Mathematics Stack Exchange is a question and answer site for people studying math at any level and professionals in related fields. It's 100% free, no registration required.

Sign up
Here's how it works:
  1. Anybody can ask a question
  2. Anybody can answer
  3. The best answers are voted up and rise to the top

Today my lecturer put up on the board that:

If $\lim\limits_{n\to\infty}\frac{a_{n+1}}{a_n}$ exists and $a_n>0$ then

$\displaystyle \limsup\limits_{n\to\infty}\left(a_n^{\frac{1}{n}}\right)=\lim_{n\to\infty}\frac{a_{n+1}}{a_n}$

however I am not sure why this is true, can somebody give me a hint or something as to how to go about proving this.

thanks for any help

share|cite|improve this question
$a_n^{\frac{1}{n}}= e^{\frac{ \ln (a_n)}{n}} \,. $ Do you know how to calculate the limit in the exponent? ;) – N. S. Oct 28 '11 at 18:55
Why the limsup? – Did Oct 28 '11 at 18:59
Also, this would be a nice thing to ask the lecturer. – GEdgar Oct 28 '11 at 19:00
You left out the assumption $a_n > 0$. Hint: if $a_{n+1}/a_n \ge K$ for all $n \ge N$ then $a_n/a_N \ge \ldots$. Similarly for $\le$. – Robert Israel Oct 28 '11 at 19:04
Further hint: if $a_n/a_N \le \ldots$, then $a_n^{1/n} \le \ldots$. Note that for any $c > 0$, $c^{1/n} \to c^0 = 1$ as $n \to \infty$. – Robert Israel Oct 28 '11 at 21:17
up vote 6 down vote accepted

In fact, the stronger statement is as follows:

Theorem: Let $\{c_n\}$ be any sequence in $\mathbb{R}^+$. Then, $\displaystyle \underline{\lim}\frac{c_{n+1}}{c_n}\leq \underline{\lim}\sqrt[n]{c_n}$ and $\displaystyle \overline{\lim}\sqrt[n]{c_n}\leq \overline{\lim}\frac{c_{n+1}}{c_n}$.

So, with this, if we assume that $\displaystyle \lim\frac{c_{n+1}}{c_n}$ exists then we have that $\displaystyle \overline{\lim}\sqrt[n]{c_n}\leq\overline{\lim}\frac{c_{n+1}}{c_n}=\underline{\lim}\frac{c_{n+1}}{c_n}\leq \underline{\lim}\sqrt[n]{c_n}$ from where it easily follows that $\overline{\lim}\sqrt[n]{c_n}=\underline{\lim}\sqrt[n]{c_n}$ and so $\lim \sqrt[n]{c_n}$ exists and, in fact, it's also clear it must be equal to $\displaystyle \lim\frac{c_{n+1}}{c_n}$. A proof of this fact can be found on page 68 of Rudin's Principles of Mathematical Analysis. I assume you have access to this (very well-known) book--if not say so and I shall give an outline of the proof.

share|cite|improve this answer
I don't at the moment and will not for about a week, would it be possible for you to outline the proof. (I will have my book back in a while so if you are busy its not a problem) Thanks very much for the response. – hmmmm Oct 28 '11 at 22:33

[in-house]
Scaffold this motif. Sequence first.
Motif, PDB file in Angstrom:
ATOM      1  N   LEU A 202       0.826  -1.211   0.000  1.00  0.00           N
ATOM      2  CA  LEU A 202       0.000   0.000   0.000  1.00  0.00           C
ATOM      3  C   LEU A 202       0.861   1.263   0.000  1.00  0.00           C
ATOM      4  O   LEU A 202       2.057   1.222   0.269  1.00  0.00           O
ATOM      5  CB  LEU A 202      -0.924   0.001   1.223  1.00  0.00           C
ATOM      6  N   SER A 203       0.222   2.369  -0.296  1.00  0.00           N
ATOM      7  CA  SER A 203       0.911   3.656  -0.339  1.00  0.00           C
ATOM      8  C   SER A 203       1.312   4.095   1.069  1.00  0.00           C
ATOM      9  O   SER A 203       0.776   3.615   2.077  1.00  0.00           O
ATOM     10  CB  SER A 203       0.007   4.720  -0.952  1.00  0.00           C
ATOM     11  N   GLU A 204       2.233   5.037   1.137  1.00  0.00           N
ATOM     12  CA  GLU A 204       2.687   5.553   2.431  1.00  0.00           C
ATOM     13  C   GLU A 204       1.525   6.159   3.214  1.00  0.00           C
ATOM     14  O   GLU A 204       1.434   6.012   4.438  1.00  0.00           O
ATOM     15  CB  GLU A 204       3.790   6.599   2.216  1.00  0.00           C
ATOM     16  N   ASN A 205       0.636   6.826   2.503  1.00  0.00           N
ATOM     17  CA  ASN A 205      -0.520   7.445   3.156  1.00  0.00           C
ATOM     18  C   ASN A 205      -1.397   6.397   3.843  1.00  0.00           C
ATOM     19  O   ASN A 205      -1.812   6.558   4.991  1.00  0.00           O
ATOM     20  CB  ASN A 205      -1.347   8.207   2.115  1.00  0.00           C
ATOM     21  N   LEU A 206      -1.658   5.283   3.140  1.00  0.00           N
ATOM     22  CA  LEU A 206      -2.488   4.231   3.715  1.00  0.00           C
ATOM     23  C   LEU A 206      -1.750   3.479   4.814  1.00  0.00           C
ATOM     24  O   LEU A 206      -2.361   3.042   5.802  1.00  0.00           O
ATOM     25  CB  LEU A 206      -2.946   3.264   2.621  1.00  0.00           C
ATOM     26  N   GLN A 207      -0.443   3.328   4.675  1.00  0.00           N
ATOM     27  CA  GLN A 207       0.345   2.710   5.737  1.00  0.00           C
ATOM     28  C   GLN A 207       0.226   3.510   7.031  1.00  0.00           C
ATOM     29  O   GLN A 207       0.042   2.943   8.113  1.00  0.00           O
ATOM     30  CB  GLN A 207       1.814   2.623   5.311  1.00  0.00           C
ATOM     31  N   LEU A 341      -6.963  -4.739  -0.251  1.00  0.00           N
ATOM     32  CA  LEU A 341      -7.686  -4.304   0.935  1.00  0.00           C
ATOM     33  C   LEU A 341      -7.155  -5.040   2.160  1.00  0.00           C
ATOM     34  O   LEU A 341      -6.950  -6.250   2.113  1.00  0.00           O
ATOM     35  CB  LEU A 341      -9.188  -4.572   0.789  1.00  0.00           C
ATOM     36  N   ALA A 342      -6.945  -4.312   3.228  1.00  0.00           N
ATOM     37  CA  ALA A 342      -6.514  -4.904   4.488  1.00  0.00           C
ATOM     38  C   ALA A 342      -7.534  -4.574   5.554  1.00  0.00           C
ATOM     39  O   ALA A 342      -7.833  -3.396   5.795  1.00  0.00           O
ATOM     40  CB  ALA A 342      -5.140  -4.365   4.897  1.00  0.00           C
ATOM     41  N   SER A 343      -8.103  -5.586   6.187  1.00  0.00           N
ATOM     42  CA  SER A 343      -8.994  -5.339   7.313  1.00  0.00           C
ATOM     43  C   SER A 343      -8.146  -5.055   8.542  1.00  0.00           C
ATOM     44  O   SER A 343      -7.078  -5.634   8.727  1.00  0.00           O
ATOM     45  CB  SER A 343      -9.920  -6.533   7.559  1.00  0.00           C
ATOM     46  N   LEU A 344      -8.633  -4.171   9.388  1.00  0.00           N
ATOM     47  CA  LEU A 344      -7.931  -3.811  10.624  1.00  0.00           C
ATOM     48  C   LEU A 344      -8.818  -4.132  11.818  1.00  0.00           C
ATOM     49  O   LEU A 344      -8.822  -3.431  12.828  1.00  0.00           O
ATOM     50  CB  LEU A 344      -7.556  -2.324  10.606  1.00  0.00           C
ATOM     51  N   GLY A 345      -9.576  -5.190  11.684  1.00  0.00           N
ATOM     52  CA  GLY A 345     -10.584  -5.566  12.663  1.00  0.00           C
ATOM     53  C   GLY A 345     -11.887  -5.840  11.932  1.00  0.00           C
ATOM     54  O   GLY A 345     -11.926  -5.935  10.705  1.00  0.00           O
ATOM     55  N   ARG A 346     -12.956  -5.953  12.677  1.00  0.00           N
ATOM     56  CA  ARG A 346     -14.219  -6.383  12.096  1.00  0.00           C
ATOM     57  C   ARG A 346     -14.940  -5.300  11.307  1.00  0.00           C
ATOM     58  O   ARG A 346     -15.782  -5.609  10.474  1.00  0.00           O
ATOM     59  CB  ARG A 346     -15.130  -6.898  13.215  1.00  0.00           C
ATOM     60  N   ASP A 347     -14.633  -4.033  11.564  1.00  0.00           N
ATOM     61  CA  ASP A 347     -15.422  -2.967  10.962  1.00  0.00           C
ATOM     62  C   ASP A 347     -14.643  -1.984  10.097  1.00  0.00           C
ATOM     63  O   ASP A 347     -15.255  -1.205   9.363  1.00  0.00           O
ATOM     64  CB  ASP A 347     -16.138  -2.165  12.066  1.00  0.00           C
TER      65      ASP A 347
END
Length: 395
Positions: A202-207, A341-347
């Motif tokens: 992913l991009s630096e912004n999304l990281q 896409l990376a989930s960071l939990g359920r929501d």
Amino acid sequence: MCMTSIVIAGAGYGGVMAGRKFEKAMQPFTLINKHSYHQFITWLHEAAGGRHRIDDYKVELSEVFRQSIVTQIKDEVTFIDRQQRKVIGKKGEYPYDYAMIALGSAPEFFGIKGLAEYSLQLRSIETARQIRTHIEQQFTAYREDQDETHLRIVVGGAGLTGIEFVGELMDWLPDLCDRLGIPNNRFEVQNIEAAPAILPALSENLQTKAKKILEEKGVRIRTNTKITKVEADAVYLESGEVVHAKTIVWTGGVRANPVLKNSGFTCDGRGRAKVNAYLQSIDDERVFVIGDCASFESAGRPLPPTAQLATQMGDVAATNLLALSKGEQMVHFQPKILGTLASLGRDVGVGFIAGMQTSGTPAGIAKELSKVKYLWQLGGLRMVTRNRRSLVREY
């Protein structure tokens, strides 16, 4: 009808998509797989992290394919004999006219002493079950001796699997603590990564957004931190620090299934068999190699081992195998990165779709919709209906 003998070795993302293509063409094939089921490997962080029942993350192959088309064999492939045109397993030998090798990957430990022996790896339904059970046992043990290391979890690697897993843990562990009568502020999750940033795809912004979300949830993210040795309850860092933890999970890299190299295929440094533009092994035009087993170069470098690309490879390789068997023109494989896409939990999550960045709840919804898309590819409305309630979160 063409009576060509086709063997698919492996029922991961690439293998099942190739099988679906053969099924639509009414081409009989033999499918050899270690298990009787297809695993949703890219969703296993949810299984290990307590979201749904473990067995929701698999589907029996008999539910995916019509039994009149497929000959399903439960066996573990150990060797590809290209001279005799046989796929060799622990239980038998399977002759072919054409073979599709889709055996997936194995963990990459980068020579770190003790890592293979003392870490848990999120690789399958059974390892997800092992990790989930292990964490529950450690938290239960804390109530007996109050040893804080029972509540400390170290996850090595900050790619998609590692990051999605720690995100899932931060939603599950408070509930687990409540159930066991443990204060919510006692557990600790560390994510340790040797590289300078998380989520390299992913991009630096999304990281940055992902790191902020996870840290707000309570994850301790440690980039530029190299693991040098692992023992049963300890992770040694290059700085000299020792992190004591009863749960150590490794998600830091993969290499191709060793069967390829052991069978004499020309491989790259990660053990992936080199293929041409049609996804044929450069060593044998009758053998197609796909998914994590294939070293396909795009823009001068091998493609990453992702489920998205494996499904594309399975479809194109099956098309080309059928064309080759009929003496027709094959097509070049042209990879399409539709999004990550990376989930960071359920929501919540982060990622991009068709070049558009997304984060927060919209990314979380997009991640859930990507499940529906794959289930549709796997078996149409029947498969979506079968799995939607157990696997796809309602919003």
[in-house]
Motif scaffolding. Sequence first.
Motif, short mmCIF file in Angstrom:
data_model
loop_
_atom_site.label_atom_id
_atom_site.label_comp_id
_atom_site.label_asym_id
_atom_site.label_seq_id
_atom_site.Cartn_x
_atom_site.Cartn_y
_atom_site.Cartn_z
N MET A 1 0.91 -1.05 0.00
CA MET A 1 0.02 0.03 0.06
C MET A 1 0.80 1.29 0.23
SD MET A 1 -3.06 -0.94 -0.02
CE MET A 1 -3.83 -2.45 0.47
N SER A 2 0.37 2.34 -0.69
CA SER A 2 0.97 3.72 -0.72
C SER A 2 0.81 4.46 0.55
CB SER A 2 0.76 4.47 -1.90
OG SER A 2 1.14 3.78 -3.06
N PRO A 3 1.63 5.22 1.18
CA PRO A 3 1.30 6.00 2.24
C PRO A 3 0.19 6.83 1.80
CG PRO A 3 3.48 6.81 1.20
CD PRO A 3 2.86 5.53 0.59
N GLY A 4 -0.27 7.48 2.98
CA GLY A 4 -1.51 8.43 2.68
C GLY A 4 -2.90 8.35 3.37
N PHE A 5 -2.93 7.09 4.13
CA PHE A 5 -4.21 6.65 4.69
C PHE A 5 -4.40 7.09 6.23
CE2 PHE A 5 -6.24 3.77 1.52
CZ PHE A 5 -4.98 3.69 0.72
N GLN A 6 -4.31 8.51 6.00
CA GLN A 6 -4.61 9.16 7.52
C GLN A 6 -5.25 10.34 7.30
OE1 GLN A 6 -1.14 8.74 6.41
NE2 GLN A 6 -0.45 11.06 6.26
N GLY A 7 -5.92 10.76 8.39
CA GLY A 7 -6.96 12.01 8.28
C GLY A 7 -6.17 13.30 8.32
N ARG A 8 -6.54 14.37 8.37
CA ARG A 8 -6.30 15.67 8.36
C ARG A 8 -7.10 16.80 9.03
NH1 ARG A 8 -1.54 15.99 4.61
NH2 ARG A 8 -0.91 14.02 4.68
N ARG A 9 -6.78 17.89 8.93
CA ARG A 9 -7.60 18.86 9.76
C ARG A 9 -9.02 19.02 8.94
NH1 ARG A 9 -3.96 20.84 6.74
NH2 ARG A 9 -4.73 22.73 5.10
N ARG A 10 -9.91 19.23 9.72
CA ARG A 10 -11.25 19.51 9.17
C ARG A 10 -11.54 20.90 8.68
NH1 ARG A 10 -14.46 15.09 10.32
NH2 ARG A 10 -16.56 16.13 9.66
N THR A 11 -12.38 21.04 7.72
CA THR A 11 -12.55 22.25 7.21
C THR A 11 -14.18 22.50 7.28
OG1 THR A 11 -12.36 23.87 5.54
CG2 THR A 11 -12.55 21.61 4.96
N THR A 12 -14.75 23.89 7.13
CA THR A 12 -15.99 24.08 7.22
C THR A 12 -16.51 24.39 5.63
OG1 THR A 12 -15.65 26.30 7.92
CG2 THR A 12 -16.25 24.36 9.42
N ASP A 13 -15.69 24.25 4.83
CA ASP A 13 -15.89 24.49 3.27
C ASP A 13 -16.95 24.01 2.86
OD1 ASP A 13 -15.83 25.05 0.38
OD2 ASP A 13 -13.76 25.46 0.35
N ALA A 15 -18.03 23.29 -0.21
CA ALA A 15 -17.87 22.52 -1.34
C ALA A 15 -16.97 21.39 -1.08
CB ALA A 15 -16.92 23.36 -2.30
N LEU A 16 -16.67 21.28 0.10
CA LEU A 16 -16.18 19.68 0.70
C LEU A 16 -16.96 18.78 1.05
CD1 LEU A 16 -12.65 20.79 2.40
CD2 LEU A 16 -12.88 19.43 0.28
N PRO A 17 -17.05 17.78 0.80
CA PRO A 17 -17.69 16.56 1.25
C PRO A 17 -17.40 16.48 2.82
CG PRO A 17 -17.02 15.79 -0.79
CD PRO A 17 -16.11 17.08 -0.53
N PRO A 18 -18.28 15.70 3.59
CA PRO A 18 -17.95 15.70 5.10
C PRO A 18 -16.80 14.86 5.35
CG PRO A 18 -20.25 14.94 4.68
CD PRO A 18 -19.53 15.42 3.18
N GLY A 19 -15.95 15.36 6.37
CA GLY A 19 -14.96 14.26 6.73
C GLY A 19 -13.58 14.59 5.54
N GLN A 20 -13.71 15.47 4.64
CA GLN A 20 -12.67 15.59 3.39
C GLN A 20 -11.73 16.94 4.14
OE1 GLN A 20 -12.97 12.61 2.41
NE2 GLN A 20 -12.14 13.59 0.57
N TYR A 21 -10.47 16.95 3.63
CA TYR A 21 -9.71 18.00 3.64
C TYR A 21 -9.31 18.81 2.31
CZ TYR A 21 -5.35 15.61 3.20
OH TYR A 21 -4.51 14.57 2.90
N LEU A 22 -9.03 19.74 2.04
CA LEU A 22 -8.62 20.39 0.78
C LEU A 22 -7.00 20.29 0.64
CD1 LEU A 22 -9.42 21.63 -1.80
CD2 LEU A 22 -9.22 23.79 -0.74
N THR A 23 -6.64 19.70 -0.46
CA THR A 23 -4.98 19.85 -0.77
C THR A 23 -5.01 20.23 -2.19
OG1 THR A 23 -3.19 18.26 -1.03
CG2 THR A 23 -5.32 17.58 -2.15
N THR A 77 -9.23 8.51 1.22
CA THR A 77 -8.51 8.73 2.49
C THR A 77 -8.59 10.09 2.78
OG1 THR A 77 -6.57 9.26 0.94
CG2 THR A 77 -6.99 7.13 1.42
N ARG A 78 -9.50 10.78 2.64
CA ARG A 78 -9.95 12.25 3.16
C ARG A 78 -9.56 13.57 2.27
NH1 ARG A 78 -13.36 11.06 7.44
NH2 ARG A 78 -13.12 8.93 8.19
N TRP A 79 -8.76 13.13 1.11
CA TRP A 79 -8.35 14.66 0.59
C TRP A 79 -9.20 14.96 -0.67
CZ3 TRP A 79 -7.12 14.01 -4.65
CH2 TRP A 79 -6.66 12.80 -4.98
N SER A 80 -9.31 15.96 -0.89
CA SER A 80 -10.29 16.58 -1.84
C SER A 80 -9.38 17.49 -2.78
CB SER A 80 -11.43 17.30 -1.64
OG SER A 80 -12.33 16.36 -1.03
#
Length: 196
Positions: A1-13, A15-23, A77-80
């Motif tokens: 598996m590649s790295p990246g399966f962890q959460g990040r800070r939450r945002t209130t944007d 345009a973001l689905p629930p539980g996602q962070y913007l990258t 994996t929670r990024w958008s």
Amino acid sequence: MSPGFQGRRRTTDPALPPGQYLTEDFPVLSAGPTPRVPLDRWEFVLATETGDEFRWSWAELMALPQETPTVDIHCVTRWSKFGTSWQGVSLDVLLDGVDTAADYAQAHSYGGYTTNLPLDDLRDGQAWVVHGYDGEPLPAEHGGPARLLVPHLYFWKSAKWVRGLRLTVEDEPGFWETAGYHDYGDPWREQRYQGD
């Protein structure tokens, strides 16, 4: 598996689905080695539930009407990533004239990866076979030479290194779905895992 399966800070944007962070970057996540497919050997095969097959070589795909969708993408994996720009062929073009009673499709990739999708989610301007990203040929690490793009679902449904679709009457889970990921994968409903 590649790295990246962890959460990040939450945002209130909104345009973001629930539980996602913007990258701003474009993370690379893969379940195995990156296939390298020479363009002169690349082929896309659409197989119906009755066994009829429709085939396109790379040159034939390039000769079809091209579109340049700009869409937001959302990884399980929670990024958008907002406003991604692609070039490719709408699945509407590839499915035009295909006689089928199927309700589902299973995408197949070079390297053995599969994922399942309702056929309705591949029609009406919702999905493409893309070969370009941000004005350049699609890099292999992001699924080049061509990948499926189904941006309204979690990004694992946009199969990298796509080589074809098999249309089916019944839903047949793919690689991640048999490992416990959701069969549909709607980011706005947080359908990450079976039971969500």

Wait no need, I have it. Thanks very much – hmmmm Oct 28 '11 at 23:15
The same result was used in this answer. It can be derived from this form of Stolz-Cesaro theorem. – Martin Sleziak Oct 30 '11 at 11:39

As I mentioned in my comment,

$$a_n^{\frac{1}{n}}= e^{\frac{ \ln (a_n)}{n}} $$

Now, if the limit

$$\lim_{n \to \infty} \frac{\ln (a_{n+1})-\ln (a_n)}{(n+1)-n}= \lim_{n \to \infty} \ln \left( \frac{a_{n+1}}{a_n} \right) $$ exists then by Stolz Cezaro the limit $$\lim_{n \to \infty} \frac{ \ln (a_n)}{n}$$ exists and

$$\lim_{n \to \infty}\frac{ \ln (a_n)}{n}= \lim_{n \to \infty} \ln \left(\frac{a_n+1}{a_n}\right) $$

The Theorem mentioned in the other post also follows from the stronger version of Stolz Cezaro by exactly the same reasoning.

share|cite|improve this answer
Im a bit confused here have you not shown that $\displaystyle \mbox{lim} (a_n)^{(\frac{1}{n})}=\mbox{lim} \frac{a_{n+1}}{a_n}$? – hmmmm Oct 30 '11 at 23:43
@hmmmm Yep, there is no need for sup limit here. If $\lim \frac{a_{n+1}}{a_n}$ exists then $\lim_n \sqrt[n]{a_n}$ automatically exists and is the same, and this is what I proven... The converse is not true though..... – N. S. Jun 2 '12 at 10:03

Your Answer


By posting your answer, you agree to the privacy policy and terms of service.

Not the answer you're looking for? Browse other questions tagged or ask your own question.